Associated Press
April 19, 2001

Cuba Marks Bay of Pigs Victory


              PLAYA GIRON, Cuba (AP) -- On the coastline where his forces claimed victory
              over a CIA-trained exile army 40 years ago, President Fidel Castro on Thursday
              saluted the veterans and the victims of Cuba's Cold War triumph in the 1961 Bay of
              Pigs invasion.

              ``Today is a day of glory that nothing and no one can erase from history,'' Castro said,
              looking out at thousands of Bay of Pigs veterans from a stage decorated with heavy
              artillery and surrounded by palm trees. He spoke of ``remembering the fallen,
              remembering the humble sons of the nation who pushed forward into the crushing
              blow of the pride and arrogance of the empire.''

              Before Castro rose to address the crowd of men, many with military medals pinned to
              the commemorative T-shirts distributed at the event, veteran Ernesto Robaina
              Figueroa told his former comrades-in-arms that ``there is no powerful enemy for a
              people who know what they are fighting for.''

              The men, now in their 60s, 70s and 80s, cheered and waved small paper Cuban flags
              in response.

              Dismissing a U.N. condemnation Wednesday of communist Cuba for its human rights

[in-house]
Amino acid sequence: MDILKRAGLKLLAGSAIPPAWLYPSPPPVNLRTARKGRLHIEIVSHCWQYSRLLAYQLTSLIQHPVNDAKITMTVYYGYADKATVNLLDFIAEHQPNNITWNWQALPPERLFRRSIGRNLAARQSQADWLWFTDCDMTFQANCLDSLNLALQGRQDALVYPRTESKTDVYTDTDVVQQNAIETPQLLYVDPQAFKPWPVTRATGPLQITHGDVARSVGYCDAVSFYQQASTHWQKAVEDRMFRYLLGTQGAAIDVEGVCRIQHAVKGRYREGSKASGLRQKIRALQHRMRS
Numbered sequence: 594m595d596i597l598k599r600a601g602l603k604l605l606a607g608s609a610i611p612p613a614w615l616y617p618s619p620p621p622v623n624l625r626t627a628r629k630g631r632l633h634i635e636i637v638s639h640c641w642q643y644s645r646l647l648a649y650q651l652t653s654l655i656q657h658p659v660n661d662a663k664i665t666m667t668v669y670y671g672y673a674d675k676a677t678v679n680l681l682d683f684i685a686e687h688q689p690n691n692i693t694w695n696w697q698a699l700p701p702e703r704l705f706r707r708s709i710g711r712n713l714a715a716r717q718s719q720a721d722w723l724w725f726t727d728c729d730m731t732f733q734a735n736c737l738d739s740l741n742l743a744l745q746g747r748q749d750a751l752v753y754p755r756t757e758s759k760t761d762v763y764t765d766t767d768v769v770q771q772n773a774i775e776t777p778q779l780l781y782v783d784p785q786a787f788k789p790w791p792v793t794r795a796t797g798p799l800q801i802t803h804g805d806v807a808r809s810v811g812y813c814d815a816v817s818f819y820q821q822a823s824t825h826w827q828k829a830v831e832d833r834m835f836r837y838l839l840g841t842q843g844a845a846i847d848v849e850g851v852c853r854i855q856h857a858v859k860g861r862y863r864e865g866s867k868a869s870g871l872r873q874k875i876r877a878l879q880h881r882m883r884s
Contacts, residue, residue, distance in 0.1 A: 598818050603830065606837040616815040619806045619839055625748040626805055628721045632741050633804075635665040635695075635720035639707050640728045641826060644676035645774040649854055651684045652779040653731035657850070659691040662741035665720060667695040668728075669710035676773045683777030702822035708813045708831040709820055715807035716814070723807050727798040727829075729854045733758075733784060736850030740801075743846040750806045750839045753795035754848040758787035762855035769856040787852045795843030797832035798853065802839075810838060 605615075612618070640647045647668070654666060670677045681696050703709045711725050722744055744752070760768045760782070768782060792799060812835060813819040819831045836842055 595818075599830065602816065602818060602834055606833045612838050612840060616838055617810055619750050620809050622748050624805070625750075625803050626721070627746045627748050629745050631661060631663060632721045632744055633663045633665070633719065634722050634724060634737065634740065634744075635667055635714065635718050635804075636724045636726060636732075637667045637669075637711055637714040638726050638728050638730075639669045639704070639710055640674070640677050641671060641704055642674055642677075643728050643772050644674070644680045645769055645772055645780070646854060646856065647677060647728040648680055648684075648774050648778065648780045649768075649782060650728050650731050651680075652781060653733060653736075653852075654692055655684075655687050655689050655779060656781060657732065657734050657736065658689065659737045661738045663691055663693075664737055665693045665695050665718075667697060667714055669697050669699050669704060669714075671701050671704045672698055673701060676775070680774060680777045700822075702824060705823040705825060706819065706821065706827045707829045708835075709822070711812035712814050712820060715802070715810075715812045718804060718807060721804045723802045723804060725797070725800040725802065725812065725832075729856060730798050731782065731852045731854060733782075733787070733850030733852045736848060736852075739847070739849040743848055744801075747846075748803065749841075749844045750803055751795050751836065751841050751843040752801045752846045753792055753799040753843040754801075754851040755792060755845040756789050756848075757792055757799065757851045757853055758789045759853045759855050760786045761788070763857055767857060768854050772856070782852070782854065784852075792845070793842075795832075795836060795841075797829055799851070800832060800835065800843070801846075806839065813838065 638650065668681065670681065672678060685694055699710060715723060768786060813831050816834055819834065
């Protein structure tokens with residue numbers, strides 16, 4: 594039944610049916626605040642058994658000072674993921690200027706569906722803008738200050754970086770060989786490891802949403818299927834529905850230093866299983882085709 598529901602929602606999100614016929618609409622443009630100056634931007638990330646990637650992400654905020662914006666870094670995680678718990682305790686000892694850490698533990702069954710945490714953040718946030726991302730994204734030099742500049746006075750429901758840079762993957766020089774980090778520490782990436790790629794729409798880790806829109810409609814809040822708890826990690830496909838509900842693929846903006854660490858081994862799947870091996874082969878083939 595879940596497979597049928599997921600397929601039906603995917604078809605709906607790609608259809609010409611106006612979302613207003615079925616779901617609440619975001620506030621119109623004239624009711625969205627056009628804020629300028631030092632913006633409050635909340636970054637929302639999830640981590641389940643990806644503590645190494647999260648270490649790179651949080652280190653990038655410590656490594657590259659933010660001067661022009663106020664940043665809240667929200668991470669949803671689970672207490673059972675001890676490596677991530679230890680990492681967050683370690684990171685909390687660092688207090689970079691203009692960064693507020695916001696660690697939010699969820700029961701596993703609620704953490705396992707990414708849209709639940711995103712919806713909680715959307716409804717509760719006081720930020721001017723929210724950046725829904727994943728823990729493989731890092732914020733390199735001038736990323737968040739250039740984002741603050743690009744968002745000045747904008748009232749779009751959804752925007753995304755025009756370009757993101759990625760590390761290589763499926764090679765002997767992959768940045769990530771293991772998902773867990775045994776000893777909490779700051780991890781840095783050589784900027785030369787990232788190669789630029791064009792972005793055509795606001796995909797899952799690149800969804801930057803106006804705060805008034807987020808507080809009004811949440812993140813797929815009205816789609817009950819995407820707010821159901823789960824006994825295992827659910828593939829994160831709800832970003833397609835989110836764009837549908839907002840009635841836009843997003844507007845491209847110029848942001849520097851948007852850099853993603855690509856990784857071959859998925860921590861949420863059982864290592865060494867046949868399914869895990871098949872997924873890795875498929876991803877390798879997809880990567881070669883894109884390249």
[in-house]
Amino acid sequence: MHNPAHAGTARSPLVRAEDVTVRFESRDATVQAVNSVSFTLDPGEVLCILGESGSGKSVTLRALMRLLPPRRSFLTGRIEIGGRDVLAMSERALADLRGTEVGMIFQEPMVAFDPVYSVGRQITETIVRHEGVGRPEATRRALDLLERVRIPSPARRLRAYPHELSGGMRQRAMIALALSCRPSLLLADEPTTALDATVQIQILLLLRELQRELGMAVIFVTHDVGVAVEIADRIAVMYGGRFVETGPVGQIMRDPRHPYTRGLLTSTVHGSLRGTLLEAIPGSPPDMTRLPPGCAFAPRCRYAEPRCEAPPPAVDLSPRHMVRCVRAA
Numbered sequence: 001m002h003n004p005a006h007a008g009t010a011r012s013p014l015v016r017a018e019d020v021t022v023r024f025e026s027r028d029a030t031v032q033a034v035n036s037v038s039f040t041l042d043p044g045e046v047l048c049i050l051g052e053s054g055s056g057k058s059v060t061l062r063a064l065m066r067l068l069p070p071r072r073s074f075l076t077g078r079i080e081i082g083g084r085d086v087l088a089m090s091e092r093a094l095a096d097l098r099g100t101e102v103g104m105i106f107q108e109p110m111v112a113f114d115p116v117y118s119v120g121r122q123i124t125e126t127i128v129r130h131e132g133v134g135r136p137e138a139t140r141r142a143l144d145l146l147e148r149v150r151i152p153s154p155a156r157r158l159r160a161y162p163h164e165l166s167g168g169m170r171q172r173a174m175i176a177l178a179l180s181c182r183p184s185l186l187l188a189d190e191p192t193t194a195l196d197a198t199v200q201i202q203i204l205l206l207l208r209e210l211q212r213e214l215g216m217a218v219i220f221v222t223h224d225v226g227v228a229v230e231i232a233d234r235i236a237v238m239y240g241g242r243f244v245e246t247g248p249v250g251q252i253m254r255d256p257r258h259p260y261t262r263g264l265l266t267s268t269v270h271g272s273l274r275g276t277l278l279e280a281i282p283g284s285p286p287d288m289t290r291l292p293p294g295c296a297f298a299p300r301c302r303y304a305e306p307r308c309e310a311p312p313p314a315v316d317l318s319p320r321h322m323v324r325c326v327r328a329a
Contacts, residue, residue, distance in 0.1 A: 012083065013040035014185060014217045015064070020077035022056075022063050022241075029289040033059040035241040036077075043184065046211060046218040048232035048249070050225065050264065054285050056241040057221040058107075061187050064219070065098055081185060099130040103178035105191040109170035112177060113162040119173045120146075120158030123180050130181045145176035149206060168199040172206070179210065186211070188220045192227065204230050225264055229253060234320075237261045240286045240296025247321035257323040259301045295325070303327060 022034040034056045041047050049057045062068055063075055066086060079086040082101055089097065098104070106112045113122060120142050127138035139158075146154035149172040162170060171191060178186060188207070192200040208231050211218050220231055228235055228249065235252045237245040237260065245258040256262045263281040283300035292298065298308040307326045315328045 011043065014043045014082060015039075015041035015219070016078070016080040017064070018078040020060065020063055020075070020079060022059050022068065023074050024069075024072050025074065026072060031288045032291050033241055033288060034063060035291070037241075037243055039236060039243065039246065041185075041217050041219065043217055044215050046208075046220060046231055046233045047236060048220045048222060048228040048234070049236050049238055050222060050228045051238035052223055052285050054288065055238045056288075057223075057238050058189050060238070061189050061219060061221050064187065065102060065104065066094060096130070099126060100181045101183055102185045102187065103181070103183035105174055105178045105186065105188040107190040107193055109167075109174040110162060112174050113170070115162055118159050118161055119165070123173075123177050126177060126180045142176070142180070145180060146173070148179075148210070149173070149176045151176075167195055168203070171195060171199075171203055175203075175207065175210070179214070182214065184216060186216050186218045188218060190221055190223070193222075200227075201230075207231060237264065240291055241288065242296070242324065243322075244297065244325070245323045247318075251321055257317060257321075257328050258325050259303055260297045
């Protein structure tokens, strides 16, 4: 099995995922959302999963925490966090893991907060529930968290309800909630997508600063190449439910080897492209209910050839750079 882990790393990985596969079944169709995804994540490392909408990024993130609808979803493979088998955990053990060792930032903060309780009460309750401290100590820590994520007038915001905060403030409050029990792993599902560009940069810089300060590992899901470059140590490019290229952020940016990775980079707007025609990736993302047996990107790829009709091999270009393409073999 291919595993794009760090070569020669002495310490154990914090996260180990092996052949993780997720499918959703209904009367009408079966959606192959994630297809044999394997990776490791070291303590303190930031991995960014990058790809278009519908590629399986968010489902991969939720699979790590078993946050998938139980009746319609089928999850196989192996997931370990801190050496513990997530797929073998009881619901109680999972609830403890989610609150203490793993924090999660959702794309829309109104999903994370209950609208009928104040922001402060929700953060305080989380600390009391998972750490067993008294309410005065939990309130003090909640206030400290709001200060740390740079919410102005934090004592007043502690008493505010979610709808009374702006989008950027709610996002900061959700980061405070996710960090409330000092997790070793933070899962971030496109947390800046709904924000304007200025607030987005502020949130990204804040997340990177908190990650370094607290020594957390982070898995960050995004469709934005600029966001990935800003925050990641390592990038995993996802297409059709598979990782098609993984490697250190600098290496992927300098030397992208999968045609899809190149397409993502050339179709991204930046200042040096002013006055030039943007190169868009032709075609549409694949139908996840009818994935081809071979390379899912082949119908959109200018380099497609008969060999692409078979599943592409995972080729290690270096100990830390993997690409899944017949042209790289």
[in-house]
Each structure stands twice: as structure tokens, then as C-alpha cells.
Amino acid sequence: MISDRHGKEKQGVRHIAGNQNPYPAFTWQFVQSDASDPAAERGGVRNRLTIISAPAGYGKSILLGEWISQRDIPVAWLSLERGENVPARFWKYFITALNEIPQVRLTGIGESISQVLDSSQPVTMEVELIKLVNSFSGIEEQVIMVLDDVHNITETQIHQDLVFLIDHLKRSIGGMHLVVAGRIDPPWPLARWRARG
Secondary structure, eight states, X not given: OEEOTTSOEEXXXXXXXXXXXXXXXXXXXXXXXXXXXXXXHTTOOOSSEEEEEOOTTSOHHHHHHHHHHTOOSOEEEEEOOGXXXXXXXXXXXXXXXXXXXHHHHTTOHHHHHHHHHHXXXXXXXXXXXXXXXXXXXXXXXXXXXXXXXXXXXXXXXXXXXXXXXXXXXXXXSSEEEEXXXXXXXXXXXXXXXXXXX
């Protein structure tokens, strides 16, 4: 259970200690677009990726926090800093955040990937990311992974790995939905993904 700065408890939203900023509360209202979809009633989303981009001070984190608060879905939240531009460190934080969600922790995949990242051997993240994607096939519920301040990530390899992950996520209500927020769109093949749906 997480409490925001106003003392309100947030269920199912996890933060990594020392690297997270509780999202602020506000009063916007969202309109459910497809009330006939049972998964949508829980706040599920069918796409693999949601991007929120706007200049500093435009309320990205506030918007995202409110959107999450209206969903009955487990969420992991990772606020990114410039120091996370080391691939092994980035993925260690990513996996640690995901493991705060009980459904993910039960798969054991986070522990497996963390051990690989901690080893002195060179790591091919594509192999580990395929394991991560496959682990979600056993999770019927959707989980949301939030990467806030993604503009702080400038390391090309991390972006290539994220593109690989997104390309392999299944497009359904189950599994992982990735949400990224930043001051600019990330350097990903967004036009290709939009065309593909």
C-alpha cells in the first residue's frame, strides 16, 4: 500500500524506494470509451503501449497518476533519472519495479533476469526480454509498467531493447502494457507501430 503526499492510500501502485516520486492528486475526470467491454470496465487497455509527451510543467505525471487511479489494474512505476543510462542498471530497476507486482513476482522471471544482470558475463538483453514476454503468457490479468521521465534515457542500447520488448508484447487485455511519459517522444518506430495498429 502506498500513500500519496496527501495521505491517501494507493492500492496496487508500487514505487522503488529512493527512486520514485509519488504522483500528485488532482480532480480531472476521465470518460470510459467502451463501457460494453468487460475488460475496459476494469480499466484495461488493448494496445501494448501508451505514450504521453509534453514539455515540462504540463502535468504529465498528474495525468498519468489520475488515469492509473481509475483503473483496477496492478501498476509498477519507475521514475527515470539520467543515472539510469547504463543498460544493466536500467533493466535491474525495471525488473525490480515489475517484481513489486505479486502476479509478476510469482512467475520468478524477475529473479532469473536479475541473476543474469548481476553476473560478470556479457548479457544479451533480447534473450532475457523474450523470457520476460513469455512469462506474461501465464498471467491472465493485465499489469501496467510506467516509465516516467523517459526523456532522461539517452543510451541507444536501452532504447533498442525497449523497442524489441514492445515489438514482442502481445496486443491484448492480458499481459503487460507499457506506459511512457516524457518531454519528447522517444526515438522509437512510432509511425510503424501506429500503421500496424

record, Robaina declared: ``Liars! What human rights are they talking about...our
              country has been blockaded for more than 40 years.''

              The vast majority of the more than 10,000 participants who organizers said gathered
              on Cuba's south-central coast for the ceremony were older men.

              Trained by the CIA in Guatemala at the height of the Cold War, an invasion force
              known as the 2506 Brigade was comprised of about 1,500 exiles determined to
              overthrow Castro's government, which had seized power 28 months before.

              The three-day invasion failed. Without U.S. air support and running short of
              ammunition, more than 1,000 invaders were captured. Another 100 invaders and 151
              defenders died.

              Victory for Cuba came here on Playa Giron -- or Giron Beach -- a strip of gorgeous,
              palm-dotted coastline on the Bahia de Cochinos, or Bay of Pigs.

              While exiles still blame their loss on President Kennedy's refusal to provide additional
              air support, Cuban leaders have always maintained that they won the battle simply
              because they fought better.

              Exiles in Miami remembered the battle on Tuesday, the day of the beach landing at
              Playa Larga -- Long Beach -- at the most inner part of the Bay of Pigs, about 12
              miles north of here. The fighting later moved south, to Playa Giron, where Cuba
              claimed victory.

              ``The Mercenaries Got This Far,'' reads a billboard just outside Playa Larga, showing
              a huge blowup of an old black and white photograph of exile soldiers taken prisoner
              after the battle.

              ``Here Was Unleashed a Decisive Combat for Victory,'' another nearby billboard

              Among the guests at Thursday's ceremony were relatives of former castaway Elian
              Gonzalez, including the boy's father, Juan Miguel Gonzalez, who waged a seven-month
              battle to return his son to Cuba.

              But the 7-year-old boy, who was seen Wednesday afternoon at the entrance of this
              beach's only hotel, was not at the event. Also absent were his stepmother and younger
              half brother.

              Cuba's Communist leadership considers Elian's return to Cuba last June one of its
              major recent victories over its ``imperialist'' enemies.